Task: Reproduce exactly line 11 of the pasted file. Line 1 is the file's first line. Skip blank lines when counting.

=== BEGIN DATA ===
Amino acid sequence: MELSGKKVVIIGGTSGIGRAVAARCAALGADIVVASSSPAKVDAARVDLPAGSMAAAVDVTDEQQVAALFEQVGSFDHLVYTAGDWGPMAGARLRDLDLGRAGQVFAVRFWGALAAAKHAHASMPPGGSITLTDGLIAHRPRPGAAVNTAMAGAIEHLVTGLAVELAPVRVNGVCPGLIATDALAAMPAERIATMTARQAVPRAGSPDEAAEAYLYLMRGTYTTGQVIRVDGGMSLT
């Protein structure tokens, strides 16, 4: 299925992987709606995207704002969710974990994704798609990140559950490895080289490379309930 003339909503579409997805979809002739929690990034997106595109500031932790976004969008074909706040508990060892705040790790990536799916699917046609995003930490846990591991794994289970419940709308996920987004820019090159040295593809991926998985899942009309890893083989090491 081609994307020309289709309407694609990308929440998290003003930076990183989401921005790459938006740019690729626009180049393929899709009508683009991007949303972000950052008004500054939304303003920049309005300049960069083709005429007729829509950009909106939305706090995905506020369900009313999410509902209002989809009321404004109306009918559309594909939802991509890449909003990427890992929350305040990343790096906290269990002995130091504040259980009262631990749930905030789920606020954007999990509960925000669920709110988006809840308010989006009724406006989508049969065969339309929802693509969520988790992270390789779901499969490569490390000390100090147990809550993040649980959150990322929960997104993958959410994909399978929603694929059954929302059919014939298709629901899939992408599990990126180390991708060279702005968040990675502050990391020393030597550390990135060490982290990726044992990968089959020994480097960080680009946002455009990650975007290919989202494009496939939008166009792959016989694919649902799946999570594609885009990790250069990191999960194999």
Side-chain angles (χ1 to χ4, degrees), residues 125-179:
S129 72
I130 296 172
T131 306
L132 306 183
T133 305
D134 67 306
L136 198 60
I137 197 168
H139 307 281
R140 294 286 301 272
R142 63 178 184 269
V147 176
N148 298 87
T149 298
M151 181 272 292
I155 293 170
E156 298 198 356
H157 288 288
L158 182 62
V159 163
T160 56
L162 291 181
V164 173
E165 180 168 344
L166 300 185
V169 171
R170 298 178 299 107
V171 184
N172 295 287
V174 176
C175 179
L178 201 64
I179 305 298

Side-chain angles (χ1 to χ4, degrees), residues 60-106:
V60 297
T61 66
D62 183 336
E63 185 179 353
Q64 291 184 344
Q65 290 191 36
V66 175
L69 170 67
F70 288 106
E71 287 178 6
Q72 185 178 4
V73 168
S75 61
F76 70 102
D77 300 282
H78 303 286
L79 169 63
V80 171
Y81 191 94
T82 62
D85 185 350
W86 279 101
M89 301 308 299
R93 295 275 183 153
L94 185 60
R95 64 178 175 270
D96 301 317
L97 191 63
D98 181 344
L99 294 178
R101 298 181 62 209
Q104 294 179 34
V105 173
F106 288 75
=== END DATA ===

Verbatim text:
I137 197 168